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No Need to Panic

The rising cases of Covid-19 in the country are certainly a cause for alarm for everybody, including the business sector. But there is no reason to panic over the latest surge—we’ve been through this before.

 

My optimistic mindset tells me that we should look on the bright side of this latest spike. First and foremost, millions of doses of vaccines are arriving in the Philippines and funding is not a problem. Until the significant volumes of the vaccines arrive, however, we should be more cautious than before in living with Covid-19.

I do not want to lay the blame either on a particular sector or groups of individuals for the sharp rise in daily Covid-19 cases. We will not be addressing the problem that way. Clearly, there were some lapses in the enforcement of the health protocols, and some of us may have lowered our guard.

 

Our experience in August last year when the daily cases shot up should be our best teacher. We did manage to contain the daily cases to less than 2,000 or even below 1,000 in the first two months of the year from nearly 7,000 in August, and there is no reason why we cannot bring the number of cases down again.

 

The targeted lockdowns resorted to by our health authorities, instead of regional or national lockdowns, succeeded in lowering the nation’s infection rate after the August surge. We managed to reopen the economy step by step and gave back many jobs that were lost during the height of the pandemic.

 

These targeted lockdowns have worked in reducing the daily Covid cases in the Philippines while reopening the economy at the same time. Shopping malls, fast-food restaurants, and other small retail outlets slowly reopened and thousands of jobs were restored.

 

The current surge is no different from the August scenario. But this time, we do not need a return to the stringent modified enhanced community quarantine status that restricted the mobility of our workers and limited business operations in general. Authorities should implement targeted lockdowns to efficiently slow down the infection rate. I believe that confining the restrictive rules to pinpointed streets where there are notable Covid-19 cases are more effective than placing a whole barangay, city, or region under MECQ rules. Our barangay leaders can implement stricter contact tracing activities and 24-hour monitoring of infected persons.

 

New Covid-19 variants that are more contagious are certainly contributing to the current spike. Nonetheless, I am confident that the arrival of the vaccines and an aggressive inoculation drive will ultimately defeat this virus.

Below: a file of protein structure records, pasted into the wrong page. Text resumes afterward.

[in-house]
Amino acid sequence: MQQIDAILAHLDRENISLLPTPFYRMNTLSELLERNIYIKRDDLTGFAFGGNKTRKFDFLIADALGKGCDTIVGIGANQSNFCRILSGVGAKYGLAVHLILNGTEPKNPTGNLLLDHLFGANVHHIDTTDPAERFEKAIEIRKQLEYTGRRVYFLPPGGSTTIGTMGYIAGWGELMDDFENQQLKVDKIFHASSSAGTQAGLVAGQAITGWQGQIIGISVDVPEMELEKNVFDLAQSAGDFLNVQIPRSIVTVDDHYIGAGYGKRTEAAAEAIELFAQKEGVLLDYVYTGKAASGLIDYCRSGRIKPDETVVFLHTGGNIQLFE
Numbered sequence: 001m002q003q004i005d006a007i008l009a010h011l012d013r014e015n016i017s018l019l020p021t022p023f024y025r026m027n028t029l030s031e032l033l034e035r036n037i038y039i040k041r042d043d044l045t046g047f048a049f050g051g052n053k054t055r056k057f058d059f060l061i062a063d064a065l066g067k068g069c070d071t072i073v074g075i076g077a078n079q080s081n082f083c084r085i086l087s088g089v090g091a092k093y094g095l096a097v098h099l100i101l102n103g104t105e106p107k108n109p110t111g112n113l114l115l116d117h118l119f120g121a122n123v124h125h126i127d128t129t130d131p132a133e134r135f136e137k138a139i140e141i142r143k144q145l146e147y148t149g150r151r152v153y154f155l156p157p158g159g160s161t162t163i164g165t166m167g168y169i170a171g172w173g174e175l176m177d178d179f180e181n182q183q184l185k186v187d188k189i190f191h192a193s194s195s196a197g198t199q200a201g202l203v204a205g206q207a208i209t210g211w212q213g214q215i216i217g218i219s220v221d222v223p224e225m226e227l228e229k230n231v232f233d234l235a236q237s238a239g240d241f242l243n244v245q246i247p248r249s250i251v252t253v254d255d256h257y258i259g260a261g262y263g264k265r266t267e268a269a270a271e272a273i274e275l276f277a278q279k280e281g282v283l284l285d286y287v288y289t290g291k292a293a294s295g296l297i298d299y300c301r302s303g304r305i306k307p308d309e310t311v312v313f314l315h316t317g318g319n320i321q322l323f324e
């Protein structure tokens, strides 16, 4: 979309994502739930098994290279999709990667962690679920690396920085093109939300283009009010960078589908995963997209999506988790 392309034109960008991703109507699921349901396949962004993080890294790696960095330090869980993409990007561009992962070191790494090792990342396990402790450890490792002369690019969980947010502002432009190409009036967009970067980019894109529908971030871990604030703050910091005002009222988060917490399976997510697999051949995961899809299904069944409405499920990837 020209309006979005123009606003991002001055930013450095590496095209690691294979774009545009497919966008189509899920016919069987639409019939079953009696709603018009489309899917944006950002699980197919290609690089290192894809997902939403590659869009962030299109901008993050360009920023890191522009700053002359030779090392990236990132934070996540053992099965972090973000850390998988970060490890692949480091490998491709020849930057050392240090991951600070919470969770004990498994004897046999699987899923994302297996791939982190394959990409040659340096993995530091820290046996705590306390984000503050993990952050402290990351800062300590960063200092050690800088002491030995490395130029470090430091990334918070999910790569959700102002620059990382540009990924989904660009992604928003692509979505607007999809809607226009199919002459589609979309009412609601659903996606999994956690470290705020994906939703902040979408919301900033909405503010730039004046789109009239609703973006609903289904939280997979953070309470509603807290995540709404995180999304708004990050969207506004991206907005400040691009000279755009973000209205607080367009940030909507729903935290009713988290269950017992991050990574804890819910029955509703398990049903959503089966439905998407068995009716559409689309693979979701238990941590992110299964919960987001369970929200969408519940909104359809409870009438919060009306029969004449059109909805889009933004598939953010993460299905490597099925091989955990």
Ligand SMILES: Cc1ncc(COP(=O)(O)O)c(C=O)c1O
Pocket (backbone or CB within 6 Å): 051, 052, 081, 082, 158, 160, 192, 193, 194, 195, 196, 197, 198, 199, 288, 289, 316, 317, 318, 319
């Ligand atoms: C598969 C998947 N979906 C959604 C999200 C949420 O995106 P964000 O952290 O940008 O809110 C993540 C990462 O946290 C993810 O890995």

The government has just secured $1.2 billion worth of loans from the World Bank, the Asian Development Bank, and the Asian Infrastructure Investment Bank to fund the procurement of vaccines against Covid-19.

 

Ndiamé Diop, World Bank country director for Brunei Darussalam, Malaysia, the Philippines, and Thailand, is himself confident about the additional funding secured by the Philippine government. Procuring and administering vaccines, he says, provides the Philippines an added layer of defense against Covid-19 on top of public health measures or interventions like social distancing, wearing of masks, and washing of hands.

 

Sharing this optimism is Finance Secretary Carlos Dominguez III. Our finance chief assured us that the government is on track to achieving its target of inoculating at least 70 million Filipinos following these new loans.

 

The Philippines is actually making progress in the procurement of vaccines from several sources. Vaccine czar Carlito Galvez Jr. last week reported that the Philippines has secured 30 million doses of the Covid-19 vaccine developed by US biotech company Novavax Inc. Mr. Galvez signed a supply deal for 30 million Novavax doses during his visit the other week to the Serum Institute of India, the world’s largest vaccine producer. The Novavax shots will arrive in the Philippines most likely in the third or fourth quarter of 2021. The Philippines is also getting at least 1.4 million more Covid-19 shots from Sinovac this month.

 

The World Health Organization, through the COVAX facility, in addition, may deliver another 979,200 doses of AstraZeneca vaccines this week for a total of 2,379,200 doses.

 

It’s just a matter of time before these vaccines are eventually rolled out across the Philippines. In the meantime, we should just chill out and not panic. Help is just around the corner.